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Evolution of obligate parasites

  1. Aug 22, 2004 #1
    Hey guys;

    I just started a class in parasitology this fall, we haven't covered anything yet, just looked as some cases of people infected with parasites.

    I was wondering how obligate parasites could have evolved. My thinking is that they were originally facultative parasites that found a niche in a host, and did so well in the host that features that would separate an obligate and facultative parasite were no longer selected for or against, thus eventually leaving a vestigial trait (such as eyes in blind cave bats).

    I guess that makes sense? Since they were already in the host, things that would let them survive outside the host were no longer necessary and weren't a target of natural selection? Since natural selection wouldn't act on them, their quality would not matter and they could then become vestigial.

    Assuming this is correct, would it be possible to look at an obligate parasite and see any vestigial traits?

    Thank you
    Aychamo
     
  2. jcsd
  3. Aug 22, 2004 #2

    iansmith

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    From parasitology course, the prof did a small history of the possible evolution of parasite of parasitic flatworms. What he suggest that free-living nematodes probably started to find a niche in fish intestinal tract. As time pass, the adaption to the niche lead to facutlative parasite and then to abligated parasite.

    Some parasite still have eye spot but it still might be in used as some have a certain time outside the host. Other have lost some organ system. For example, the Cestoda (tapeworms) have lost their gut through evolution.

    I will look more into it.
     
  4. Aug 22, 2004 #3

    iansmith

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    http://www.bio.miami.edu/dana/160/160S04_14.html

    Vestigial organ are probably hard to seen in most parasite because they are more simple organism lacking most of the complex system. In most parasite, there an organ reduction or disapearance rather than .

    What you said is also right. I would not said that natural selection did not act on the parasite. It might be that parasite lacking some organs had an advantage over parasite having all the organs. These mutants would reproduce more quick. Also many parasite have asexual reproduction means. So a new advantage could spread quicker. Also there might selection against certain mutation that arose before other mutation. Some lost have a miminal effect if certain components are missing.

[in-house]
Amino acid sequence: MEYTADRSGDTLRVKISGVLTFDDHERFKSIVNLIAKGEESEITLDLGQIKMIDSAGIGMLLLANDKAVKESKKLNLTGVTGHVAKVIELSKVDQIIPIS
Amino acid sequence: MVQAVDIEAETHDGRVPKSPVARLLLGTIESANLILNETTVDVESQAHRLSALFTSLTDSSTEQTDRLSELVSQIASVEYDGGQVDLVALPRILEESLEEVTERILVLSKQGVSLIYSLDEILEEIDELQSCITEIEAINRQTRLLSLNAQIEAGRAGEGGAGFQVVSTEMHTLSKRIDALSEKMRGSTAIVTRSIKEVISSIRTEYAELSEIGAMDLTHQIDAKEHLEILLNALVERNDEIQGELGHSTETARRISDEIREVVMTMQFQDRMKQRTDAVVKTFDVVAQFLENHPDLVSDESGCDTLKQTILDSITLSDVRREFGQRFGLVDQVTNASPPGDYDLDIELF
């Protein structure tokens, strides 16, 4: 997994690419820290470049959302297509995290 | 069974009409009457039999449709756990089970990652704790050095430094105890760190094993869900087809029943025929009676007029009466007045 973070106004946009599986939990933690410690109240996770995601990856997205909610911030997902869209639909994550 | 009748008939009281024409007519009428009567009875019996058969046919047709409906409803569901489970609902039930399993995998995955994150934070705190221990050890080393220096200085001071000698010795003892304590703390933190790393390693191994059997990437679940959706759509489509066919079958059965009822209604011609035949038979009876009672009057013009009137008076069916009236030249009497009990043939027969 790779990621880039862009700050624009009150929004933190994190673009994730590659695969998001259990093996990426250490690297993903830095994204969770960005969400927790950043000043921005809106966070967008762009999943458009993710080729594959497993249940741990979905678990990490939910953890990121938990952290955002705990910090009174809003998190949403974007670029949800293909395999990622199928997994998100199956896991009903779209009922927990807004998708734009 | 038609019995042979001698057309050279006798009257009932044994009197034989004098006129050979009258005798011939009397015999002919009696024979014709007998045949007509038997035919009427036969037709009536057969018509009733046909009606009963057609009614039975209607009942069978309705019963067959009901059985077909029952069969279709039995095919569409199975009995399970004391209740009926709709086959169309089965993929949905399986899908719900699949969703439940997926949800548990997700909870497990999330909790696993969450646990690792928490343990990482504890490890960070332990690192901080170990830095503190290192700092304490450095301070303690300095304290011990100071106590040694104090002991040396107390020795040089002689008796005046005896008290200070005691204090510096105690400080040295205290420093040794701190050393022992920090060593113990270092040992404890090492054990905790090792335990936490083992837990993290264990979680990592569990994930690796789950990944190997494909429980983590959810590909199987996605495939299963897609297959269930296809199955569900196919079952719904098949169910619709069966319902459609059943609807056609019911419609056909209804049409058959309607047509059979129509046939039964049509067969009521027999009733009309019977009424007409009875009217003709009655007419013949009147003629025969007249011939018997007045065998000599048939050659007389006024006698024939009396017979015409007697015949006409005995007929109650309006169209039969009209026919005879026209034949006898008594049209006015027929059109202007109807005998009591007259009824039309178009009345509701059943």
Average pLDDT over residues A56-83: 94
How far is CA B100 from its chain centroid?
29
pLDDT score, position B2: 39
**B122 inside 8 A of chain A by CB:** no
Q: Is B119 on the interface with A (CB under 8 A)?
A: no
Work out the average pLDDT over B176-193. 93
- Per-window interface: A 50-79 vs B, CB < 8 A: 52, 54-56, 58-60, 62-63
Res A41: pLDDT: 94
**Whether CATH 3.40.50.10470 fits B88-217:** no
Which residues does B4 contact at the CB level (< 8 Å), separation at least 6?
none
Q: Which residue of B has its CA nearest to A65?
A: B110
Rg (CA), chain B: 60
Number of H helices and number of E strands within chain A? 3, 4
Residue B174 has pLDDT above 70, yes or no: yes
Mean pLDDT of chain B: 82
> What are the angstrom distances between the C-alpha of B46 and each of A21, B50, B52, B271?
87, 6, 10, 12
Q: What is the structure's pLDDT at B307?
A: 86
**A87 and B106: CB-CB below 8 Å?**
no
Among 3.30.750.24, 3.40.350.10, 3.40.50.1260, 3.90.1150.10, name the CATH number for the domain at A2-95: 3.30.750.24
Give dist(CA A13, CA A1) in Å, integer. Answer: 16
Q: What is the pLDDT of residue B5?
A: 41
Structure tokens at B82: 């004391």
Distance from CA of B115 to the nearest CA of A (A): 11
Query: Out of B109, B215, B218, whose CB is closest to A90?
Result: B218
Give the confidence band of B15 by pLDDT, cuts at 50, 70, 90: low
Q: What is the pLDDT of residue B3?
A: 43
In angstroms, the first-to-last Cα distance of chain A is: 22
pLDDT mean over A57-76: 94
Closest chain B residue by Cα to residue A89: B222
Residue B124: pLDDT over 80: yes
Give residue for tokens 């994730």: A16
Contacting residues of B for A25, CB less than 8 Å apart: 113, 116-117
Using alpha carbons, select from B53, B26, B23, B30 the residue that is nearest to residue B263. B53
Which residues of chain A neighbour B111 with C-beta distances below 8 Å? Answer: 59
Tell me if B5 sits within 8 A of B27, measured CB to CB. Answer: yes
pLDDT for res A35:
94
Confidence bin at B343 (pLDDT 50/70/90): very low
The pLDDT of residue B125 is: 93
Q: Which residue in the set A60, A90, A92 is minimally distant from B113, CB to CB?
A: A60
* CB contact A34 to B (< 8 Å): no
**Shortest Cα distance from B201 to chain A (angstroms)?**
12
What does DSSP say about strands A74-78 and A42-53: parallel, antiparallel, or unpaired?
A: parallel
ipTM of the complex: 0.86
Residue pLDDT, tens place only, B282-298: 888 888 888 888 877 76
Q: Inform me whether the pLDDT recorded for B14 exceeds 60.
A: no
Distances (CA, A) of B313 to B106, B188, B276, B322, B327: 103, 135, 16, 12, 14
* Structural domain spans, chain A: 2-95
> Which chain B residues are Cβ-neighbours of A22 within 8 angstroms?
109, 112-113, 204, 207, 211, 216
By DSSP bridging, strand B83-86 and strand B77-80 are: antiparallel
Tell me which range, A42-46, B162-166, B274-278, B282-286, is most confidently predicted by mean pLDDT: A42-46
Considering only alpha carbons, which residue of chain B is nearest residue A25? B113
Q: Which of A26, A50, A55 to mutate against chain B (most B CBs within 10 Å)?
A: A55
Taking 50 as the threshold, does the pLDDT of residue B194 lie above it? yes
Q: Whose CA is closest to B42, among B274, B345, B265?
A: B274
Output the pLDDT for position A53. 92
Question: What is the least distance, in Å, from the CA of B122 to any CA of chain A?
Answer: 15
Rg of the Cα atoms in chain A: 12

5. Aug 22, 2004 #4
    Ahh, I see what you are saying about "not saying that natural selection didn't act on them." Perhaps lacking certain features would mean the parasite doesn't have to spend as much time "feeding" and can spend more time reproducing or what-not.

    I *love* thinking of things in evolutionary terms.
     
  6. Aug 22, 2004 #5

    Nereid

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    Have you been introduced to 'the world from the pov of a infectious bacterium (for humans)'? or 'why crowded human cities are GOOD!'
     
  7. Aug 22, 2004 #6
    No I haven't, are these books??
     
  8. Aug 22, 2004 #7

    Nereid

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    No, it's just an interesting exercise; instead of thinking of the 'flu (say), or smallpox from our human point of view (pov), think of how the virus or bacterium 'views' humans ... how does it get its host to work for it? what conditions suit the nasty bug best? how does evolution drive the virus or bacterium to change (and how does its host respond)? Of course, these nasties don't have a 'purpose', or a mind ... but when looked at in evolutionary terms, it's really quite fascinating. :smile:
     
  9. Aug 23, 2004 #8

    Phobos

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    It seems that specialization is a common theme in evolutionary history. Not too surprising that a parasite that once "played the field" found a particular niche & adapted specifically to that alone (especially since there are examples of parasites becoming simpler in their form as they evolved over time). Should be an interesting class.
     
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